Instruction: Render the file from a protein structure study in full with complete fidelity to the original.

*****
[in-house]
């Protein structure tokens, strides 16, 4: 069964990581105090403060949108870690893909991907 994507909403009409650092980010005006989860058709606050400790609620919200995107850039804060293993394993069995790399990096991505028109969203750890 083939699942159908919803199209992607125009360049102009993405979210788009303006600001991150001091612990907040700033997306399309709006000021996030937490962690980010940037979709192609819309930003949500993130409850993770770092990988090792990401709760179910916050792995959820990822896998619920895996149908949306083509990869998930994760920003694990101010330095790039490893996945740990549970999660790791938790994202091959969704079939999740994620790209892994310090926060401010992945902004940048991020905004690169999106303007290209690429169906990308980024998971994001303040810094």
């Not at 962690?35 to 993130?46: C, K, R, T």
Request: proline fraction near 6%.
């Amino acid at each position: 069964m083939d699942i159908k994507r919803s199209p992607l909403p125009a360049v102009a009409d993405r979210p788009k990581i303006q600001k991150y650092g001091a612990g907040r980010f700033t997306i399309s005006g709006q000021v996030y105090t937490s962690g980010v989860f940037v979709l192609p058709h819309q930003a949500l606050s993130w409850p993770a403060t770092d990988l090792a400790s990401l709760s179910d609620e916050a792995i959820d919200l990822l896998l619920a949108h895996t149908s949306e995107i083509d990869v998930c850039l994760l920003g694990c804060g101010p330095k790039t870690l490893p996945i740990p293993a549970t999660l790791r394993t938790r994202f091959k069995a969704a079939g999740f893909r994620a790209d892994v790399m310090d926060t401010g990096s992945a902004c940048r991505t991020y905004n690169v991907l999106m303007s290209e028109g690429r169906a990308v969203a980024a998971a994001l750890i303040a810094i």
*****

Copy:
[in-house]
């Protein structure tokens, strides 16, 4: 069964990581105090403060949108870690893909991907 994507909403009409650092980010005006989860058709606050400790609620919200995107850039804060293993394993069995790399990096991505028109969203750890 083939699942159908919803199209992607125009360049102009993405979210788009303006600001991150001091612990907040700033997306399309709006000021996030937490962690980010940037979709192609819309930003949500993130409850993770770092990988090792990401709760179910916050792995959820990822896998619920895996149908949306083509990869998930994760920003694990101010330095790039490893996945740990549970999660790791938790994202091959969704079939999740994620790209892994310090926060401010992945902004940048991020905004690169999106303007290209690429169906990308980024998971994001303040810094």
């Not at 962690?35 to 993130?46: C, K, R, T």
Request: proline fraction near 6%.
């Amino acid at each position: 069964m083939d699942i159908k994507r919803s199209p992607l909403p125009a360049v102009a009409d993405r979210p788009k990581i303006q600001k991150y650092g001091a612990g907040r980010f700033t997306i399309s005006g709006q000021v996030y105090t937490s962690g980010v989860f940037v979709l192609p058709h819309q930003a949500l606050s993130w409850p993770a403060t770092d990988l090792a400790s990401l709760s179910d609620e916050a792995i959820d919200l990822l896998l619920a949108h895996t149908s949306e995107i083509d990869v998930c850039l994760l920003g694990c804060g101010p330095k790039t870690l490893p996945i740990p293993a549970t999660l790791r394993t938790r994202f091959k069995a969704a079939g999740f893909r994620a790209d892994v790399m310090d926060t401010g990096s992945a902004c940048r991505t991020y905004n690169v991907l999106m303007s290209e028109g690429r169906a990308v969203a980024a998971a994001l750890i303040a810094i």